Up to 85% off: The Windows 7 Academic Offer
Expires: [Update: This offer expired on January 3, 2010]
Who's eligible: College/university students (international)
If you are a an eligible university student who attends an educational institution in the United States, you can purchase an upgrade edition of Windows 7 Home Premium or Windows 7 Professional for $29.99. (That's a huge savings from the regular price of $119.99 or $199.99, respectively.) You must be "actively enrolled in at least 0.5 course credit." Full terms for the U.S. offer are here. Any college or university that gives you a .edu address qualifies, as do the eligible institutions on this list. If you don't have a qualifying e-mail address, you can still apply by following these instructions. To apply in the United States, start here.
According to Microsoft, similar offers are also available in Japan, Canada, Germany, the UK, France, the Netherlands, Switzerland, Austria, Ireland, Luxembourg, and Sweden.
Limitations? The deal is one copy per student. Digital download is fulfilled through Digital River, or you can pay $13 extra for a physical disk. The offer is non-transferable, but the terms are curiously vague about whether you can sell or give away the software itself. This is not an academic or otherwise restricted license; it is the same upgrade package available via retail outlets.
Free: MSDN Academic Alliance
Expires: No expiration date
Who's eligible: College/university students in technical departments (international)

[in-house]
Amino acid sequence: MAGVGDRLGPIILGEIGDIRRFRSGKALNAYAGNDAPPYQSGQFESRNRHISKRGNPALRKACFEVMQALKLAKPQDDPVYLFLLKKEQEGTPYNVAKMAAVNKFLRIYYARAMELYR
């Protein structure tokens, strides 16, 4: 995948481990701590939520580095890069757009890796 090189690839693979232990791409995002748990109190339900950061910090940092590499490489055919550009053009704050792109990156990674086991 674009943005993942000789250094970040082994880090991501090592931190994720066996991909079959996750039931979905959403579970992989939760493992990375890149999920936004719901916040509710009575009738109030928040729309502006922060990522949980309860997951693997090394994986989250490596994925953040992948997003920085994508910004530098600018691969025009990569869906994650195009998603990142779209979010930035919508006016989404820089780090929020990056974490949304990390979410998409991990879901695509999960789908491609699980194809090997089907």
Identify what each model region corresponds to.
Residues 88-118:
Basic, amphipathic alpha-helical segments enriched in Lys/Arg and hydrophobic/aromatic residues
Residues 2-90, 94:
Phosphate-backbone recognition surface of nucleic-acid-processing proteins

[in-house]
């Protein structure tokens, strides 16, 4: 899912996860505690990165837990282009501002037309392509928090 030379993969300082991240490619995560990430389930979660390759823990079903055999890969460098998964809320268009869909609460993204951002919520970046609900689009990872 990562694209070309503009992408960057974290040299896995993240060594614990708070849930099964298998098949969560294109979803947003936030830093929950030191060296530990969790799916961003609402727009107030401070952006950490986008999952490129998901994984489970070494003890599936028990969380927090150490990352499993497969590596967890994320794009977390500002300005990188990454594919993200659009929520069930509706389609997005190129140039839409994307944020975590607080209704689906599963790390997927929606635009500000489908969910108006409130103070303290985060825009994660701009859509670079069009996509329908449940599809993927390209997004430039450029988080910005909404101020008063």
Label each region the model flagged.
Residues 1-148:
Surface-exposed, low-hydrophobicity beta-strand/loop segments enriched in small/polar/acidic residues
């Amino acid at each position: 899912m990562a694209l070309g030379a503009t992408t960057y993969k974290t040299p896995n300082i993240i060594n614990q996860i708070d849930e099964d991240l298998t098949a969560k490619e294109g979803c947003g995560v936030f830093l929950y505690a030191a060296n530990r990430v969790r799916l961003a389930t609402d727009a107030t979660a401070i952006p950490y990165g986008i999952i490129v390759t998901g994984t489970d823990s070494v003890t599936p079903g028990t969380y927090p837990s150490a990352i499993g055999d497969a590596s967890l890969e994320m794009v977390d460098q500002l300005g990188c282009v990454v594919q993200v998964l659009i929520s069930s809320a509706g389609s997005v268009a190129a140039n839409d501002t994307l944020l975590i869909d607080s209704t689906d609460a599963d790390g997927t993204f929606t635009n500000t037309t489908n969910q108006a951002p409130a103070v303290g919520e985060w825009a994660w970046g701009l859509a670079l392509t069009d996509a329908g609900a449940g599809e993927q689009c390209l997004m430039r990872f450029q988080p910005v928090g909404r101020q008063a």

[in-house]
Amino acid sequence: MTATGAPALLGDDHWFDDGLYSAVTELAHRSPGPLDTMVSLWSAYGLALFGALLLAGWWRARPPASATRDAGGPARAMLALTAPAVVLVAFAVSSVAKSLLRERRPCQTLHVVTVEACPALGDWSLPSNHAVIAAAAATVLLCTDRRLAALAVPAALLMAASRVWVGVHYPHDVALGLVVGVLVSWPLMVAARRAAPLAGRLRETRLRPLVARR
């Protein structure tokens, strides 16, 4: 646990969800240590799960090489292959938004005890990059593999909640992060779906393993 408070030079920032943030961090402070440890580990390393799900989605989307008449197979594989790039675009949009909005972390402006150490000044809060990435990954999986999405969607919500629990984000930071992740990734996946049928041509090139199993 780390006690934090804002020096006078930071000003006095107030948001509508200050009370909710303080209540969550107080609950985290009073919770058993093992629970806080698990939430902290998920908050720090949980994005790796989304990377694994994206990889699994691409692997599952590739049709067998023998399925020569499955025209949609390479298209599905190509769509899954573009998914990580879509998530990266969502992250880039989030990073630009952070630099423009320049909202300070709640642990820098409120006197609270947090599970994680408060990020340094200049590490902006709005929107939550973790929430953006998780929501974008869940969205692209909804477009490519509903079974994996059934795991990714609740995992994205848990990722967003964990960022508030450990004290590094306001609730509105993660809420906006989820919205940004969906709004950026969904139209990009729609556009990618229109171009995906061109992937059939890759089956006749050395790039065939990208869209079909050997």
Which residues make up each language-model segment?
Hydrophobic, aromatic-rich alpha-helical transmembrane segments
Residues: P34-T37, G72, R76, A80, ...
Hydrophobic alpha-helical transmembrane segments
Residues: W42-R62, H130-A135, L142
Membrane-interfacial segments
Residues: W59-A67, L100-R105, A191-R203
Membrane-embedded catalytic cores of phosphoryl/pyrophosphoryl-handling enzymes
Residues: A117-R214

If you are enrolled in a science, technology, engineering, or math department at an educational institution that belongs to the MSDN Academic Alliance, you can get free software for use in your studies. (There are also similar offers for students in visual, illustration, design, and art departments.) The program also extends to members of IEEE and ACM. The list of available titles originally included Windows 7 Professional, but when word spread of this benefit, both organizations suddenly had a flood of new membership requests, virtually all of them from non-students looking for a freebie. That inspired this announcement from Microsoft's Academic Care blog.
The release of Windows 7 through these subscriptions triggered an unanticipated situation that put the program at risk: We saw signs that non-students were joining ACM and IEEE as student members solely to obtain Windows 7 through MSDN AA. This infringed on the intent of the program and the conditions of the MSDN AA license. As a result, we decided to remove Windows 7 from the association MSDN AA memberships while we evaluate approaches to ensure that the offering is reaching only the target audience: students and educators. While we expect to have a final position on the matter resolved in the near future, we cannot guarantee that Windows 7 will be available through this associations due to the complexity of student enrollment verification.
So, here's the bottom line: If you want to join IEEE or ACM, you won't get a free copy of Windows 7. But if you're a student in a technical or design course of studies, you might qualify and you should aggressively pursue your right to this benefit. You can find out whether your school is eligible by searching here. If you're an English or Political Science major or a non-student, you should look elsewhere.